Read something, saying each word individually. Or read each letter backwards so that you focus on the letters instead of the words.

Use humor. Think of something funny to jolt yourself out of your mood.

Count to 10 or say the alphabet very s..l..o..w..l..y.

Repeat a saying to yourself. (e.g., the Serenity Prayer*).


Run cool or warm water over your hands.

Grab tightly onto your chair as hard as you can.

Touch various objects around you: a pen. keys, your clothing, the table, the walls. Notice textures, colors, materials, weight, temperature. Compare objects you touch: Is one colder? Lighter?

Dip your heels into the floor—literally “grounding” them! Notice the tension centered in your heels as you do this. Remind yourself that you are connected to the ground.

Carry a ground object in your pocket—a small object (a small rock, clay, ring, piece of cloth or yarn) that you can touch whenever you feel triggered.

Jump up and down.

Notice your body: The weight of your body in the chair; wiggling your toes in your socks; the feel of your back against the chair. You are connected to the world.

Stretch. Extend your fingers, arms or legs as far as you can; roll your head around.

Walk slowly, noticing each footstep, saying “left,” “right” with each step.

Eat something. Describe the flavors in detail to yourself. Research shows that hypoglycemia mimics anxiety! Eat a banana and peanut butter, an apple with nuts or your favorite low glycemic fruit/grain/nut snack.

Focus on your breathing. Noticing each inhale and exhale. Repeat a pleasant word to yourself on each inhale (for example, a favorite, color or a soothing word such as “safe” or “easy”). Once you’ve developed efficient breathing patterns try maintaining an exhale for a 6 second count followed by an inhale of the same duration. Continue and repeat to stimulate the Vagus Nerve which has been scientifically linked as a treatment method for depression and anxiety.


Say kind statements, as if you were talking to a small child. E.g.. “You are a good person going through a hard time. You’ll get through this.

Think of favorites. Think of your favorite color, animal, season, food, time of day, TV show.

Picture people you care about (e.g., your children; and look at photographs of them).

Remember the words to an inspiring song, quotation or poem that makes you feel better (e.g.. the Serenity Prayer).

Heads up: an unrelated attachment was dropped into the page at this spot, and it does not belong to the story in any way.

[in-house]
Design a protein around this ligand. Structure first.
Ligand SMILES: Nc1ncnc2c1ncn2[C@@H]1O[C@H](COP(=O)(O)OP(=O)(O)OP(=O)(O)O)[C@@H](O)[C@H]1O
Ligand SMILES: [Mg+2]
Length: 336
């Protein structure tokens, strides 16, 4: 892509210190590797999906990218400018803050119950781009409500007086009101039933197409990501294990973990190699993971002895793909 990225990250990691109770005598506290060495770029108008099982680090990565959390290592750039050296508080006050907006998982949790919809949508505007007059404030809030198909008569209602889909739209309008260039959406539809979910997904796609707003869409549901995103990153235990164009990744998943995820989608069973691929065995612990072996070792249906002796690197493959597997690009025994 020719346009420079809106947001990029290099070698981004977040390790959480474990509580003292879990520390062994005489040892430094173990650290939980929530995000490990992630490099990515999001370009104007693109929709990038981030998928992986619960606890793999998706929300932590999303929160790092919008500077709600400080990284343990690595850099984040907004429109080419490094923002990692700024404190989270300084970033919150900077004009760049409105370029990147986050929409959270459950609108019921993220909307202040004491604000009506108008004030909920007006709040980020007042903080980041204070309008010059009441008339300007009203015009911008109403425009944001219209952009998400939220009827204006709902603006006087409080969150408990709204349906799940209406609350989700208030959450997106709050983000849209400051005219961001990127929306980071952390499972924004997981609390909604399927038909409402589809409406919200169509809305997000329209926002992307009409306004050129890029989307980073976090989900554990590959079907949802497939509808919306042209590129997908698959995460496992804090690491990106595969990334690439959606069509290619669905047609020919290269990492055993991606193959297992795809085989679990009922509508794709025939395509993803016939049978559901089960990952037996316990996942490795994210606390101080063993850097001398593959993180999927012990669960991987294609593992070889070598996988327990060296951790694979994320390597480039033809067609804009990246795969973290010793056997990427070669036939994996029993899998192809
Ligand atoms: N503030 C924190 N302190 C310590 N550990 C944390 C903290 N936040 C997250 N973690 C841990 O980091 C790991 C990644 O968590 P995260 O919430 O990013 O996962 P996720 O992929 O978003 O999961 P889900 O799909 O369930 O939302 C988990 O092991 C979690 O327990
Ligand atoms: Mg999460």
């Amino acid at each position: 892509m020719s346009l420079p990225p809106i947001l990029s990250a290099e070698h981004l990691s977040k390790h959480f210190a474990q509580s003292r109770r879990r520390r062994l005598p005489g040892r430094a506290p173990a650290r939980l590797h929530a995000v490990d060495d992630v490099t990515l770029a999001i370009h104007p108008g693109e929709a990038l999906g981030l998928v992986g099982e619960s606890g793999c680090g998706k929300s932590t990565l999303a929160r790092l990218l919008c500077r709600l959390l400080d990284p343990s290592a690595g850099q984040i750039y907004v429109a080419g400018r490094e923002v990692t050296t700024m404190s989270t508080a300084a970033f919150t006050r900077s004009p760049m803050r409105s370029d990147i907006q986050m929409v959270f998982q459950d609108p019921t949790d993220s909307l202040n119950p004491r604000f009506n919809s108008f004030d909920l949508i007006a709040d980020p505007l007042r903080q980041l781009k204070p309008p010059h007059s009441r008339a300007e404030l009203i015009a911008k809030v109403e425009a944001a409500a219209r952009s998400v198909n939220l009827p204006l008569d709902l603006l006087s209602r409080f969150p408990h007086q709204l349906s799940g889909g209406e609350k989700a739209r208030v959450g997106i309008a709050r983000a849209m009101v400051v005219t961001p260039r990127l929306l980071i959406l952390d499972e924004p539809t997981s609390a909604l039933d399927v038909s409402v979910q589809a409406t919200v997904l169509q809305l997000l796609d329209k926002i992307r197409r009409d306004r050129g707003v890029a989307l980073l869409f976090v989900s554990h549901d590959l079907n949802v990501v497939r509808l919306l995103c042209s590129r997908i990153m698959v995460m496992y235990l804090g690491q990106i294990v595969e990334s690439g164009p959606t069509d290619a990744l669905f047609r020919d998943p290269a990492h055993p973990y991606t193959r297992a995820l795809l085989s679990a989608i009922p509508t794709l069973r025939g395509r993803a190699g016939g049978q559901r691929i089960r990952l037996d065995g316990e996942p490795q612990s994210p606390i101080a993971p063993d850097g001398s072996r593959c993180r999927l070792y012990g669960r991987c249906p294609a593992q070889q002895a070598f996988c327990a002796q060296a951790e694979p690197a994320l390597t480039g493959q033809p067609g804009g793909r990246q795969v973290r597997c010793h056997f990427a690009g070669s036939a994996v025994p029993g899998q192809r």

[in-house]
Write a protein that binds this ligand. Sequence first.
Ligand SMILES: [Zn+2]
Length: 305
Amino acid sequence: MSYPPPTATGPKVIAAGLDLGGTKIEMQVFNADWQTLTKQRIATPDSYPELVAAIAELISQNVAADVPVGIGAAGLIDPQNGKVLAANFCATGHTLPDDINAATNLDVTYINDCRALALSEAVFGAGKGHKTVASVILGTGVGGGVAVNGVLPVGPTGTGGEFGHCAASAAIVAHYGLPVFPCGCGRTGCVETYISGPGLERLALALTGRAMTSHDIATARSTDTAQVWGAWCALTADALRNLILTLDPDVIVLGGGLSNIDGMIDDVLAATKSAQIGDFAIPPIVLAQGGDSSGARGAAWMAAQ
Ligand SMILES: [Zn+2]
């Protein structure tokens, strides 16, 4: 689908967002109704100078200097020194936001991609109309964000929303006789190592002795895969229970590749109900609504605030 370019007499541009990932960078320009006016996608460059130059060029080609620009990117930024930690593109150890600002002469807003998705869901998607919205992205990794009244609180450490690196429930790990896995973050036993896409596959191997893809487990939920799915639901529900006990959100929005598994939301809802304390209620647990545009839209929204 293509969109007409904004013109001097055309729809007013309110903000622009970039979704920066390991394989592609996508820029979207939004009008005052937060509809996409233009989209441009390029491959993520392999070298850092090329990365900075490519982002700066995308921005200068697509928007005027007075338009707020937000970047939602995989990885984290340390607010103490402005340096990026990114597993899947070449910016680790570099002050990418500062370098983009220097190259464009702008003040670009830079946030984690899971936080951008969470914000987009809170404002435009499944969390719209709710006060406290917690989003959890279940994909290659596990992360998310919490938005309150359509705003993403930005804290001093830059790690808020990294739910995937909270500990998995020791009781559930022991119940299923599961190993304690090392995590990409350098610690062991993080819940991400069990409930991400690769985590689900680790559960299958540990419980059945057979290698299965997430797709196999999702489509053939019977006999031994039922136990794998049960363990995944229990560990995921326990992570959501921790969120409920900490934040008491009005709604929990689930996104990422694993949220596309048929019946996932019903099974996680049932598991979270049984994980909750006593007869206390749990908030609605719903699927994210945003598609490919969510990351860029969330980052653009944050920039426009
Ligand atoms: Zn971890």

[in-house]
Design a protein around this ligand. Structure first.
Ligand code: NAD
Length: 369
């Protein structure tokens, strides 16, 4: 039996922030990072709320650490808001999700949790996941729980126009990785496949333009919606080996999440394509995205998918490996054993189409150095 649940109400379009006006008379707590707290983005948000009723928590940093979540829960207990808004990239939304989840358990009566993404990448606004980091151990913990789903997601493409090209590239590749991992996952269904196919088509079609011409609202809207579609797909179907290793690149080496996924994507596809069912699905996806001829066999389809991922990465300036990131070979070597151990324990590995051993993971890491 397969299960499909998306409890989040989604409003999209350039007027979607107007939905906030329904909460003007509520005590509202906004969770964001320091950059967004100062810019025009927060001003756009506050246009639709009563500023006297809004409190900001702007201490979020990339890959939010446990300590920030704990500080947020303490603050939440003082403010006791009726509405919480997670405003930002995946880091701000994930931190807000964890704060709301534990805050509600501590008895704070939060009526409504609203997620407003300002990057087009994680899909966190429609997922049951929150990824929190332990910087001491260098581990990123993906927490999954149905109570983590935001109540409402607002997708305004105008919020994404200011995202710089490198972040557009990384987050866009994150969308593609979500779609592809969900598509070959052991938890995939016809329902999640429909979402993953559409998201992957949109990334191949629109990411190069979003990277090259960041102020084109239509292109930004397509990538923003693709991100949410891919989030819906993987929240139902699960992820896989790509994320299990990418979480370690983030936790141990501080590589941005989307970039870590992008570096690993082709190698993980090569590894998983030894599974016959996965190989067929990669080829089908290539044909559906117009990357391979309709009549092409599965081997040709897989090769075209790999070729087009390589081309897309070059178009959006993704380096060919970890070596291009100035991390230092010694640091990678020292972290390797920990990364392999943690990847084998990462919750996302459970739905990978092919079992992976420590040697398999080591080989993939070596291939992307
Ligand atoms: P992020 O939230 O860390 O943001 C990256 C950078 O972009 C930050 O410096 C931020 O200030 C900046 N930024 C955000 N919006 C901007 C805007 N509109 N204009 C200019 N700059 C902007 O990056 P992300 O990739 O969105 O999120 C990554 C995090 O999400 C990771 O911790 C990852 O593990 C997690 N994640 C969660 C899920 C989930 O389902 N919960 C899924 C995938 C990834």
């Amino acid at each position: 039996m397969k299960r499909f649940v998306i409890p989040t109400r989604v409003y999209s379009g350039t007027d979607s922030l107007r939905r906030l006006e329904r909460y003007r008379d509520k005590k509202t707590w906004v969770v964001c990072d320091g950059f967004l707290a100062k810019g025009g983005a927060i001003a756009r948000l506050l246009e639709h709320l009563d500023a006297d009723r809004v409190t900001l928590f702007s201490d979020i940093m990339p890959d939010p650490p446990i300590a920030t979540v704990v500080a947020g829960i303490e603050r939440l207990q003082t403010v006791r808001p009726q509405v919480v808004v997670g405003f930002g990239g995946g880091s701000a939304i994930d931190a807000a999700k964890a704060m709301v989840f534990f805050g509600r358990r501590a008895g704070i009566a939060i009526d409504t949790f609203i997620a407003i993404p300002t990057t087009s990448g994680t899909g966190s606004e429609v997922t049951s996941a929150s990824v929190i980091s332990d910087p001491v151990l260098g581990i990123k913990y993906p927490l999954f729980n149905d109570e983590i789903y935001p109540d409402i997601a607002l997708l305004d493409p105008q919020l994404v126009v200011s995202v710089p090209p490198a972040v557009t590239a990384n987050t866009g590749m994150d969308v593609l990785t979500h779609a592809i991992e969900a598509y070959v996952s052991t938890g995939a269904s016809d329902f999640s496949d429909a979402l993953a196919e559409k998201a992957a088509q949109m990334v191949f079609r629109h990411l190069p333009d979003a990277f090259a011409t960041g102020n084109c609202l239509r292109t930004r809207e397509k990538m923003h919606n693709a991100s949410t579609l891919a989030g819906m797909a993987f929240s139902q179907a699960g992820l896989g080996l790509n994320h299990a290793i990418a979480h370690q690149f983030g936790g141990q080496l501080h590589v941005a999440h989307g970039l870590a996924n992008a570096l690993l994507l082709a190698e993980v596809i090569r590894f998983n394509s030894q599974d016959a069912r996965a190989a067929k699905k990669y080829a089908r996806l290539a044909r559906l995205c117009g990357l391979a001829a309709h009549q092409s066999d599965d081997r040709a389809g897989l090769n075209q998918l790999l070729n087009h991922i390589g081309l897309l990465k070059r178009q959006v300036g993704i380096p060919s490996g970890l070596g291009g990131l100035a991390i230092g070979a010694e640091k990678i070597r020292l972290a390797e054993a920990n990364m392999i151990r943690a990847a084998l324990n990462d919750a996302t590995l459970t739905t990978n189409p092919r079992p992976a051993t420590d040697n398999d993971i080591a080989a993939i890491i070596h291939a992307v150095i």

Remember a safe place. Describe a place that you find very soothing (perhaps the beach or mountains, or a favorite room); focus on everything about that place—the sounds, colors, shapes, objects, textures.

Say a coping statement. “I can handle this”, “This feeling will pass.”

Plan out a safe treat for yourself, such as a piece of candy, a nice dinner, or a warm bath.

Think of things you are looking forward to in the next week. Perhaps time with a friend or going to a movie.


Practice as often as possible. Even when you don’t “need” it, so that you’ll know it by heart.

Practice faster. Speeding up the pace gets you focused on the outside world quickly.

Try grounding for a long time (20-30 minutes). And, repeat, repeat, repeat.

Try to notice whether you do better with “physical” or “mental” grounding.

Create your own methods of grounding. Any method you make up may be worth much more than those you read here because it is yours.

Start grounding early in a negative mood cycle. Start when the substance craving just starts or when you have just started having a flashback.

Make up an index card on which you list your best grounding methods and how long to use them.

Have others assist you in grounding. Teach a friend or family member how grounding works so that s/he can help guide you in if you become overwhelmed. Maslow was right: belongingness is critical to good mental health and socializing with trusted friends/family is a powerful resiliency tool.

Prepare in advance. Locate a place at home, in your car, and at work where you have materials and reminders for grounding.

Create an cassette tape of grounding message that you can play when needed; and consider asking your therapist or someone close to you to record it if you want to hear someone else’s voice.

Think about why grounding works. Why might it be that focusing on the external world, you become more aware of an inner peacefulness? Notice the methods that work for you – why might those be more powerful for you than other methods?